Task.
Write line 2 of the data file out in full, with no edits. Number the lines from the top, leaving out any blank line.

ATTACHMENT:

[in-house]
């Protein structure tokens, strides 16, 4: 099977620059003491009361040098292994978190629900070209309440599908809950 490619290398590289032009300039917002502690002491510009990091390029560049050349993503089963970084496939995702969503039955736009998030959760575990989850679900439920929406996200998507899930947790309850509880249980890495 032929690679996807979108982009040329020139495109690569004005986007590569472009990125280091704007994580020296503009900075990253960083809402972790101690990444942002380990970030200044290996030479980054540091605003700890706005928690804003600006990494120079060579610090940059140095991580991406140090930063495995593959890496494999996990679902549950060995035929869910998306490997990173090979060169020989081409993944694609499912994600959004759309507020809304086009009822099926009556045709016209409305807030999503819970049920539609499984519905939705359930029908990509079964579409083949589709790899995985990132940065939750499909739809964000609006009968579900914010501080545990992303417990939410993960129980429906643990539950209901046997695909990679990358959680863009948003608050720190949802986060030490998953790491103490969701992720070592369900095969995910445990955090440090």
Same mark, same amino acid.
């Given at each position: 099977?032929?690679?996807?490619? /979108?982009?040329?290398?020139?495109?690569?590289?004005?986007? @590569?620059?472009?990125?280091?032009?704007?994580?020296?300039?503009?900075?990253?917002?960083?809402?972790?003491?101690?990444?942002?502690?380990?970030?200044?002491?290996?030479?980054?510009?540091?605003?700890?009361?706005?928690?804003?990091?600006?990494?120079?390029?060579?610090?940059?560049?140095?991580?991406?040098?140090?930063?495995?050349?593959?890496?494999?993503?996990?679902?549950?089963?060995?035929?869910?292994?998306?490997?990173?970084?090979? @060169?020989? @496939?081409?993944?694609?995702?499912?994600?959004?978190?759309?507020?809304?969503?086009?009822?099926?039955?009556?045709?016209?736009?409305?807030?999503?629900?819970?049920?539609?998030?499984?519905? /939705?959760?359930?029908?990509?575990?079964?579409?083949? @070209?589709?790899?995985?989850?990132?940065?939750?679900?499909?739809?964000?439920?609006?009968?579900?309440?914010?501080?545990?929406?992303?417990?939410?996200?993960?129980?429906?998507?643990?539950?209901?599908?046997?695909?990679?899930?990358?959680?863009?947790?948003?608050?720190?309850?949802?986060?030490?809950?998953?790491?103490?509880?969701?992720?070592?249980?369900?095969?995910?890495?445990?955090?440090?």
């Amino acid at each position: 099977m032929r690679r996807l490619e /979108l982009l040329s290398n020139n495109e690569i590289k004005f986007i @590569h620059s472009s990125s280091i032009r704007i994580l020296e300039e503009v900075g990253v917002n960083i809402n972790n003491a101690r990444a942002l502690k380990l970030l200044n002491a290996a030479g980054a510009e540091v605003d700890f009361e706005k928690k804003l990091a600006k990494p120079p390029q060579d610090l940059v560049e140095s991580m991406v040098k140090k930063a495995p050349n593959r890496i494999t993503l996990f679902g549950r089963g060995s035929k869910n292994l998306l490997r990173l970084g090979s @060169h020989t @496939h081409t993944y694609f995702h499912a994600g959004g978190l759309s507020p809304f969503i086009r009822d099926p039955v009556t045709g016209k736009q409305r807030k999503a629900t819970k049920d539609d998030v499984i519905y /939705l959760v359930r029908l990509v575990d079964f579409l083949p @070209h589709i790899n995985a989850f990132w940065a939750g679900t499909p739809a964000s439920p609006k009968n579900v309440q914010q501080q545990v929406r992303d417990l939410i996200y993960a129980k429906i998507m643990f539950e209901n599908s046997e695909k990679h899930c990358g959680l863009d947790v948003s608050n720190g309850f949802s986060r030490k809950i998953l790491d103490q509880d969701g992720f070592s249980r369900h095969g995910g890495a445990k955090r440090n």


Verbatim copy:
């Protein structure tokens, strides 16, 4: 099977620059003491009361040098292994978190629900070209309440599908809950 490619290398590289032009300039917002502690002491510009990091390029560049050349993503089963970084496939995702969503039955736009998030959760575990989850679900439920929406996200998507899930947790309850509880249980890495 032929690679996807979108982009040329020139495109690569004005986007590569472009990125280091704007994580020296503009900075990253960083809402972790101690990444942002380990970030200044290996030479980054540091605003700890706005928690804003600006990494120079060579610090940059140095991580991406140090930063495995593959890496494999996990679902549950060995035929869910998306490997990173090979060169020989081409993944694609499912994600959004759309507020809304086009009822099926009556045709016209409305807030999503819970049920539609499984519905939705359930029908990509079964579409083949589709790899995985990132940065939750499909739809964000609006009968579900914010501080545990992303417990939410993960129980429906643990539950209901046997695909990679990358959680863009948003608050720190949802986060030490998953790491103490969701992720070592369900095969995910445990955090440090």